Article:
THROUGH A LENS DIMLY
THE PRESENCE OF GREATNESS
I started this discourse last month by talking about the times in my career when I found myself in the presence of greatness. Sometimes I knew that the person in front of my lens was great. But, more often, I knew little or nothing about the person until later. Sometimes it was only after I had read the story in my paper that I had any indication of who my subject had been. Which goes to show that we photographers often don't get enough information on our assignment sheets informing us about whom we are taking pictures.
Such was the case when I was handed an assignment sheet for an Entertainment Section story one summer evening in the '70's. A writer was going up to Oyster Bay Cove, on Long Island, to interview Billy Joel. Hmmm. Billy Joel? Wasn't he the actor who played the gay son on "Soap," the current hit tv show at that time? I liked the show and that particular character in the show. It turns out that I was thinking of actor Billy Crystal. Go figure.
Kinda shows you where my head is, doncha know. I watch tv like I listen to music on my car radio. I get enjoyment from the sum and substance of the show or the music without paying much attention to the artist.
So, you can imagine my confusion when I rang the doorbell and this stocky guy with a kind of bug-eyed look answered the door. It certainly wasn't Billy Crystal. Maybe he was Crystal's press agent. He showed me to the living room. The Newsday writer was already there. I was introduced to a woman who was Billy's first wife and also his agent. I started setting up my cameras while the reporter started talking with the bug-eyed guy. They were talking about music and recordings and I was grateful that I had learned early on not to blurt out stupid things like, "Hey! When the hell is Billy Joel coming out?" By keeping my mouth shut and listening, I came to realize the extend of my shallowness when it became obvious that the guy talking was the artist I was sent to photograph and not some actor from a tv show. I started shooting as he was being interviewed and I heard something about a hit song called "Piano Man." Hey, I knew that song. I had heard it played many times on my car radio. I even liked it. But, I hadn't the vaguest notion who had recorded it until this moment.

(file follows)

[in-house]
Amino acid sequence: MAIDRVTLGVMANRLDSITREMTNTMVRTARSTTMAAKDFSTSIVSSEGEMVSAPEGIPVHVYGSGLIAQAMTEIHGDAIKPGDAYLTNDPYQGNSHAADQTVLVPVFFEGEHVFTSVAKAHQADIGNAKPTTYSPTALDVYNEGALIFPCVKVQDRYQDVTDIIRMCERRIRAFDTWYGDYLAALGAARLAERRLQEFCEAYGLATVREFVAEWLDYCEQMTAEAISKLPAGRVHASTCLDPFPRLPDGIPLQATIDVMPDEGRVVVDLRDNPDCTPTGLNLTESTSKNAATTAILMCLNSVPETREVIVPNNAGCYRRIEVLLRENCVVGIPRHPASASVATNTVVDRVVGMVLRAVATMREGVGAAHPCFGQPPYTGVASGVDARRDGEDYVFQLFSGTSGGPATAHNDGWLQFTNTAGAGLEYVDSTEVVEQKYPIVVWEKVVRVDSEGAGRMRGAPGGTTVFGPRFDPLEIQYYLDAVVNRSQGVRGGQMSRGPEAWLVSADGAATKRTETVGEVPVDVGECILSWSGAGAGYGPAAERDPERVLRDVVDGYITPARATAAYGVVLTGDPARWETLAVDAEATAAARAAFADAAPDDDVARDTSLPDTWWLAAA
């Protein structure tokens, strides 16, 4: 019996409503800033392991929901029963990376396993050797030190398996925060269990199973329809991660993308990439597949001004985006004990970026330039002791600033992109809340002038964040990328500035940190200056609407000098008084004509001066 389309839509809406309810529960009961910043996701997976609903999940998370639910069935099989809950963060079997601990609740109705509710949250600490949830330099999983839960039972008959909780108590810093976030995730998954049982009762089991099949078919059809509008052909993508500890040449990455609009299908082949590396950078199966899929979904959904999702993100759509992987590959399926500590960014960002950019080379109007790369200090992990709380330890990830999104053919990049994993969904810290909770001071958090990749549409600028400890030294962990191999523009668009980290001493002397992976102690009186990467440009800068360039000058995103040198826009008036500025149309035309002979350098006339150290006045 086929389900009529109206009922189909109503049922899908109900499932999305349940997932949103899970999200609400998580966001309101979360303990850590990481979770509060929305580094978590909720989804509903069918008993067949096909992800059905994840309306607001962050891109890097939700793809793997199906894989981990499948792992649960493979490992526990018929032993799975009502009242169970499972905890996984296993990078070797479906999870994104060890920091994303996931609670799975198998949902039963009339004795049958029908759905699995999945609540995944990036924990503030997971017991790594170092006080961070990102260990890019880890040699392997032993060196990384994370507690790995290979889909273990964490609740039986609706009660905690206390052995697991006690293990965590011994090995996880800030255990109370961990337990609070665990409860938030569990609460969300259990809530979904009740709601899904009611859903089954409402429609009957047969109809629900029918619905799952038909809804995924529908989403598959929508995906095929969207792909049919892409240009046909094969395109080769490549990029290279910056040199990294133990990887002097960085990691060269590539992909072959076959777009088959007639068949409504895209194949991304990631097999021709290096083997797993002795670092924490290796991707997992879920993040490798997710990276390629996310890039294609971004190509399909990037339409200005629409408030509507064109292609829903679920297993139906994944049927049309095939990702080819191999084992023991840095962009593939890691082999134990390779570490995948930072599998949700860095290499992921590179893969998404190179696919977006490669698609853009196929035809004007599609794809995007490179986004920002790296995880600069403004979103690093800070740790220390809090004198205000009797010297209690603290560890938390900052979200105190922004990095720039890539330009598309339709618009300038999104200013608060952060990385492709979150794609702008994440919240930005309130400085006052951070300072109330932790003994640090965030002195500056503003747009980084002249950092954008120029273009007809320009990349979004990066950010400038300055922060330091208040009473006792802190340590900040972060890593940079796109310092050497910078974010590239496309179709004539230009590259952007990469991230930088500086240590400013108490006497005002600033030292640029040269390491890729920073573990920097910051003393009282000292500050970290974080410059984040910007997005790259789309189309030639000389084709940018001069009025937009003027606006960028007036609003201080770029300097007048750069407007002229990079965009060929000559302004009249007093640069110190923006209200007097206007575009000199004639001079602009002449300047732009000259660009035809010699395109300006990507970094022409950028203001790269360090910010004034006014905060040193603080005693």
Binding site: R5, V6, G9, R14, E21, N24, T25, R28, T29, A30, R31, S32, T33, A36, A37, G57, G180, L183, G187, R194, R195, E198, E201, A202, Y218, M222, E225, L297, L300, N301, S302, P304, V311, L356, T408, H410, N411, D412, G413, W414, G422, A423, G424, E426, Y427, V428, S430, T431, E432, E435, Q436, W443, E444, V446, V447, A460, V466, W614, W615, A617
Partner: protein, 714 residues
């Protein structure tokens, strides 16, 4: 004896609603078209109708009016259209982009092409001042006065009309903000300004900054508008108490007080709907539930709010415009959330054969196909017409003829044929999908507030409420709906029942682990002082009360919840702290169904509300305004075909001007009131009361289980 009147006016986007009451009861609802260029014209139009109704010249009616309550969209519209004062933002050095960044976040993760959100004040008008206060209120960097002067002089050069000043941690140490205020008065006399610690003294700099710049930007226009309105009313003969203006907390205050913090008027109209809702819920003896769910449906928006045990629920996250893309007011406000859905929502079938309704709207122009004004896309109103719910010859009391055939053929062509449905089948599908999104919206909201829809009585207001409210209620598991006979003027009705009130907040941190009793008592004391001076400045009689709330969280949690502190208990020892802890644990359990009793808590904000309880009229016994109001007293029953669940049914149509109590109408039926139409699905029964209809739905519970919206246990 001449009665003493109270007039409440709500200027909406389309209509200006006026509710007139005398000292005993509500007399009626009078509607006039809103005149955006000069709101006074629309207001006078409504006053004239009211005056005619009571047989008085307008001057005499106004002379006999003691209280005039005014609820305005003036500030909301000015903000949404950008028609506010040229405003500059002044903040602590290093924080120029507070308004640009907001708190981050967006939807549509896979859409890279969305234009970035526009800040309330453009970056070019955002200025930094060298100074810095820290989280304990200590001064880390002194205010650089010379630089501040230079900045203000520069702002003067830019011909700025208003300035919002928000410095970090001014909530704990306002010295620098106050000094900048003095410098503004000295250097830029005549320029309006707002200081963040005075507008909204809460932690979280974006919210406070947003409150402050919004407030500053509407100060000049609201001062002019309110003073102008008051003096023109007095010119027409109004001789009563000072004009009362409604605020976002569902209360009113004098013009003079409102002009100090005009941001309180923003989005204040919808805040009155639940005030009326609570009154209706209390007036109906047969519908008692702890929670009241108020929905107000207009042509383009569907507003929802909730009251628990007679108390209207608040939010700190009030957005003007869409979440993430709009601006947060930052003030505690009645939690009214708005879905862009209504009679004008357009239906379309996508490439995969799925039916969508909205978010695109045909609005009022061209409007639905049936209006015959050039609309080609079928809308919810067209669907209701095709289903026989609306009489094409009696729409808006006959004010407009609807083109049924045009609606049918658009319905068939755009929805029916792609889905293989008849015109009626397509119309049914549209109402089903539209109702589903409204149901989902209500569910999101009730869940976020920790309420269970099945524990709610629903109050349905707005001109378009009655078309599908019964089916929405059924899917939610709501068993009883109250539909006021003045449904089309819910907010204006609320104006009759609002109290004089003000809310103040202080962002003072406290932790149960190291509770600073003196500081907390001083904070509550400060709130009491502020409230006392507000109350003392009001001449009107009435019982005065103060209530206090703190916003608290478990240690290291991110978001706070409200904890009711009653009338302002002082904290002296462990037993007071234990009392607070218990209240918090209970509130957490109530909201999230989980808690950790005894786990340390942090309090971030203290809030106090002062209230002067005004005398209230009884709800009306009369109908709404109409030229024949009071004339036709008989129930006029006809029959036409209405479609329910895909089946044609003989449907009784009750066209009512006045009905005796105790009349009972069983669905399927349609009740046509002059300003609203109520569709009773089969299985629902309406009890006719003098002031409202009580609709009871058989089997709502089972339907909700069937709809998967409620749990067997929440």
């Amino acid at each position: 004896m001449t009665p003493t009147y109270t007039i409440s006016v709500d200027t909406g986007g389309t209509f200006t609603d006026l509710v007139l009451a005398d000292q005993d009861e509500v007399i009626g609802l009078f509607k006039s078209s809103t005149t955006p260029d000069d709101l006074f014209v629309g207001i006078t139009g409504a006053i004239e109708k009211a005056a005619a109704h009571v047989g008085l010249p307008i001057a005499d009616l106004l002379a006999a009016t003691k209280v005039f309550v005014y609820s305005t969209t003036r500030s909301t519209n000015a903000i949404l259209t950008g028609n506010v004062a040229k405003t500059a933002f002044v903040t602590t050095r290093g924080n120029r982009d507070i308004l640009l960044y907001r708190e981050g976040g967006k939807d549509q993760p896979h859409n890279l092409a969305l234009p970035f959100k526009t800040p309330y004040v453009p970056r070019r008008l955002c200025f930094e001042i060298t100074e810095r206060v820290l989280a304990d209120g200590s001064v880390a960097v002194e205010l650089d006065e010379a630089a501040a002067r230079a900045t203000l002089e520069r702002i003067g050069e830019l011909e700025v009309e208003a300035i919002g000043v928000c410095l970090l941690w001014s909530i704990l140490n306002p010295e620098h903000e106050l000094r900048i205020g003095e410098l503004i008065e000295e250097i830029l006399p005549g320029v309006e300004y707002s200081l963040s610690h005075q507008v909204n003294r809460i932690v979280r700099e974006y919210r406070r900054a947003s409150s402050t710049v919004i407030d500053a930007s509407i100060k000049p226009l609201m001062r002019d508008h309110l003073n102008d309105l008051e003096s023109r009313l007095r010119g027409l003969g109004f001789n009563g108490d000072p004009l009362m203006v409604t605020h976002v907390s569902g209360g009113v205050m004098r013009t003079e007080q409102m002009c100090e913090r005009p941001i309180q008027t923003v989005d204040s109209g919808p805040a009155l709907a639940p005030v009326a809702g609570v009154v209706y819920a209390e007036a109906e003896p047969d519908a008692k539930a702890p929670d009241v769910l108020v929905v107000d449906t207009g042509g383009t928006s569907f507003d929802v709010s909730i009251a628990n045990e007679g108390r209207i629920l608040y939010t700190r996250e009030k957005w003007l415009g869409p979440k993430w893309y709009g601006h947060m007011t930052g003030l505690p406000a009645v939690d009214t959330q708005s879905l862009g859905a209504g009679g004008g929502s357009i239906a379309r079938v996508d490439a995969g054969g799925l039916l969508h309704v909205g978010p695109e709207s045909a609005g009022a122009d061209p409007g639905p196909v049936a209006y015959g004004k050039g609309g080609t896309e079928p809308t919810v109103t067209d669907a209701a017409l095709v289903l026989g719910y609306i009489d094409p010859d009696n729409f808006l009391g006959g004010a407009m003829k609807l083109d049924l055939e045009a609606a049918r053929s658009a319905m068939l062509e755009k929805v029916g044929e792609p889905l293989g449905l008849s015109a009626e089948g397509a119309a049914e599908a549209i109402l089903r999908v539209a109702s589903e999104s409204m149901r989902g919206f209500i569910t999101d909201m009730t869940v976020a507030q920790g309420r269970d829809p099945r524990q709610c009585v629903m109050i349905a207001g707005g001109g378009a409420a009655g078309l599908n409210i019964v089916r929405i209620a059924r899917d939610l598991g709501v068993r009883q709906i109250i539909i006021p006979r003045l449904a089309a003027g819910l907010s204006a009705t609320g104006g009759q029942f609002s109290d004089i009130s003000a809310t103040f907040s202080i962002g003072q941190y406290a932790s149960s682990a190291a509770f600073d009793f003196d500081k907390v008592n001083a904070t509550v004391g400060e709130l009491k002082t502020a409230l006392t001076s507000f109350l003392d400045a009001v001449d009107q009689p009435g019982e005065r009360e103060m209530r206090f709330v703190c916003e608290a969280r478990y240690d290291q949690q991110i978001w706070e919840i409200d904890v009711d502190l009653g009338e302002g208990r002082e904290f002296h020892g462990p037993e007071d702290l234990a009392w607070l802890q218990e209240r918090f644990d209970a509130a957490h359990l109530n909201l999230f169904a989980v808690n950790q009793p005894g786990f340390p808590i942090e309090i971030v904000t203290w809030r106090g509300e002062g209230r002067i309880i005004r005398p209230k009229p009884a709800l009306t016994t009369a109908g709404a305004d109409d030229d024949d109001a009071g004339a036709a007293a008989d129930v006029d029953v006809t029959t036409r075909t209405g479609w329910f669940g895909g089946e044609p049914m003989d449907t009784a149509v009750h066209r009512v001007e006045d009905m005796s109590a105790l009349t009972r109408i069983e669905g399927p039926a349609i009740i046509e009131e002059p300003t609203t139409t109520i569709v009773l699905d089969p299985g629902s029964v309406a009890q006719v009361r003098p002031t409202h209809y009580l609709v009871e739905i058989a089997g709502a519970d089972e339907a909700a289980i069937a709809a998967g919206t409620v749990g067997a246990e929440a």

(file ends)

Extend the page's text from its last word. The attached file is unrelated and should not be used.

When I got home, later that night, I told my teenaged kids that I had photographed some rock star. I couldn't remember his name, though. I asked them, "Didja ever hear of some guy called Joey Billy, or something?"
My oldest daughter said, "You don't mean Billy Joel, do you, Dad?"
"Yeah," I said. "That's him. He gave me some concert tee shirts for you guys."
"AAAAAGGGGHHH," they screamed in unison.
Damn! I had been in the presence of greatness and I didn't even know it.
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